LJR Enterprises

Our homestead, Our links

Month: February, 2006

Inside Out

by Scott Smith

It’s interesting to me the way the outside world creeps into my house. I’m not talking about the “evil television,” or the influences of my childrens’ “evil classmates.” I’m talking about EVIL, spawn of Satan straight from the lake of fire… cockleburrs. They come into the house on shoes, dogs, coats, sweaters, mittens, scarves, hats, socks, underwear, trucks, buses, airplanes, trains and I think I saw a couple of them riding in on Segways. Madeleine complained just yesterday that after she picked all of the burrs off of her pink, Converse high top shoelaces outside, she came inside the house only to get more burrs on her shoelaces! So, we did the only reasonable thing there is to do. We took a full sized axe and walked around the property hacking gleefully at the cockleburrs and piling them up. Next week we are going to have a bon fire of cockleburrs and dance around it naked.



A good walk

by Scott Smith

What is it about a moon-lit walk?

Tonight, Robinson and I walked the dogs around the property. Nothing new. Today’s snow covered most of the bare spots. The moon was bright and the wind still and very little cold to deal with.

Meg behaved herself with the help of her Halti. Jack was his reasonable self but on a leash. If Meg’s leashed and Jack was free, Jack would insist on wrestling.

What was it about tonight? I couldn’t really say. I just liked it. I appreciated it more than I normally do. Maybe it was the thought I had today: I’ll be buried a few miles from here. I am fairly sure the Hickory Corners house will be my last stop.

Currently, I spend Monday night and Thursday night at Robinson’s father and step-mother’s house. My one-way drive to work is almost a 140 miles. Ever since moving to Hickory Corners, I hadn’t felt at home anywhere. I couldn’t let go of the next drive and staying over-night in St. John, Indiana. I wasn’t living in the moment; I didn’t appreciate my time at home.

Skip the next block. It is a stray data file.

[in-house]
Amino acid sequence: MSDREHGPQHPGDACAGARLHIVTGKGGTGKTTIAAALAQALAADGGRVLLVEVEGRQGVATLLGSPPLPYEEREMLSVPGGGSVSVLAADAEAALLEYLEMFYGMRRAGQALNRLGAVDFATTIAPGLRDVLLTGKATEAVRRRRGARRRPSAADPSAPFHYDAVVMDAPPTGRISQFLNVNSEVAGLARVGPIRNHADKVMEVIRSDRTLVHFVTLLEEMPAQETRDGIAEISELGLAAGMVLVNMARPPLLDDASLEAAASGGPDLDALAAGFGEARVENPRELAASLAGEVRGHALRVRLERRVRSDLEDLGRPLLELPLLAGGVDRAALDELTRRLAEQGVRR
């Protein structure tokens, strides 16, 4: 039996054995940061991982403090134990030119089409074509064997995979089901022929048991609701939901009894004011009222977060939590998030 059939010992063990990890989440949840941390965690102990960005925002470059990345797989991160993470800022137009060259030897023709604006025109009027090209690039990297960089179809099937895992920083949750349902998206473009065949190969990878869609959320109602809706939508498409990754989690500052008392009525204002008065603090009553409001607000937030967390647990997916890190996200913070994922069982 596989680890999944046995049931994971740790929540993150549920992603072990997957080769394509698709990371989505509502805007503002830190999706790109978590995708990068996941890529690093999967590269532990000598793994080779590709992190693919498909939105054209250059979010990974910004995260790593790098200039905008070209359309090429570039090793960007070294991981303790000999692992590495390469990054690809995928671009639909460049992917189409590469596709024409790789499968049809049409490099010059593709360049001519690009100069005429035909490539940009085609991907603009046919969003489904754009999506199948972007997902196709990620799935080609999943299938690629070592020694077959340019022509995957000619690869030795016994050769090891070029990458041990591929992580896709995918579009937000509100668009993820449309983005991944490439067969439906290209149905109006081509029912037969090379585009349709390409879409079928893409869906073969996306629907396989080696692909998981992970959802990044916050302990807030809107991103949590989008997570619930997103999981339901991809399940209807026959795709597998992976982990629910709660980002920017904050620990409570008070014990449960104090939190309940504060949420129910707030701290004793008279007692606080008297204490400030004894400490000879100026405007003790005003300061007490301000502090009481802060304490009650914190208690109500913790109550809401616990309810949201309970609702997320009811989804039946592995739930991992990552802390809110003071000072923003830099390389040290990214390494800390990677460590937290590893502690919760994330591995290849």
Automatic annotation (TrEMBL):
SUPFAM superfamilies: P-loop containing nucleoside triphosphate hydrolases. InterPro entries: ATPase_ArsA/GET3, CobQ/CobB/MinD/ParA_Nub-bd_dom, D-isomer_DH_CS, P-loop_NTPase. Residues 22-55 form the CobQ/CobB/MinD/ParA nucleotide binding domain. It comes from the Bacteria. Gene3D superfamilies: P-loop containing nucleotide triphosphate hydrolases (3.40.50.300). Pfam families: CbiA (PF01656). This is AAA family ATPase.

Gapingvoid.com has been a regular stop for me. Hugh’s ‘How to be Creative‘ chapter, The Sex & Cash Theory, may explain a little of my attitude change.

7. Keep your day job.

I aÂ’m not just saying that for the usual reason i.e. because I think your idea will fail. I aÂ’m saying it because to suddenly quit one’Â’s job in a big ol’ creative drama-queen moment is always, always, always in direct conflict with what I call “The Sex & Cash Theory”.

Perhaps I have come to terms with the idea that I may start-up a dozen companies, I may write several books, but I may never be able to give-up my day job. And you know, that’s okay. Really.


Suck it up Sally

by Scott Smith

When I was a kid I took riding lessons. There were times when I was pretty good at it in an amateurish sort of way, but frequently I was terrified of the things I was being instructed to do (make the horse jump over that really big fence then turn quickly and make the horse jump over that other really big fence). Often I did these things only because I was more afraid of the man who was telling me to do these things than I was of the actual things. I didn’t stick with it past that great teenage rite of passage, the driver’s license.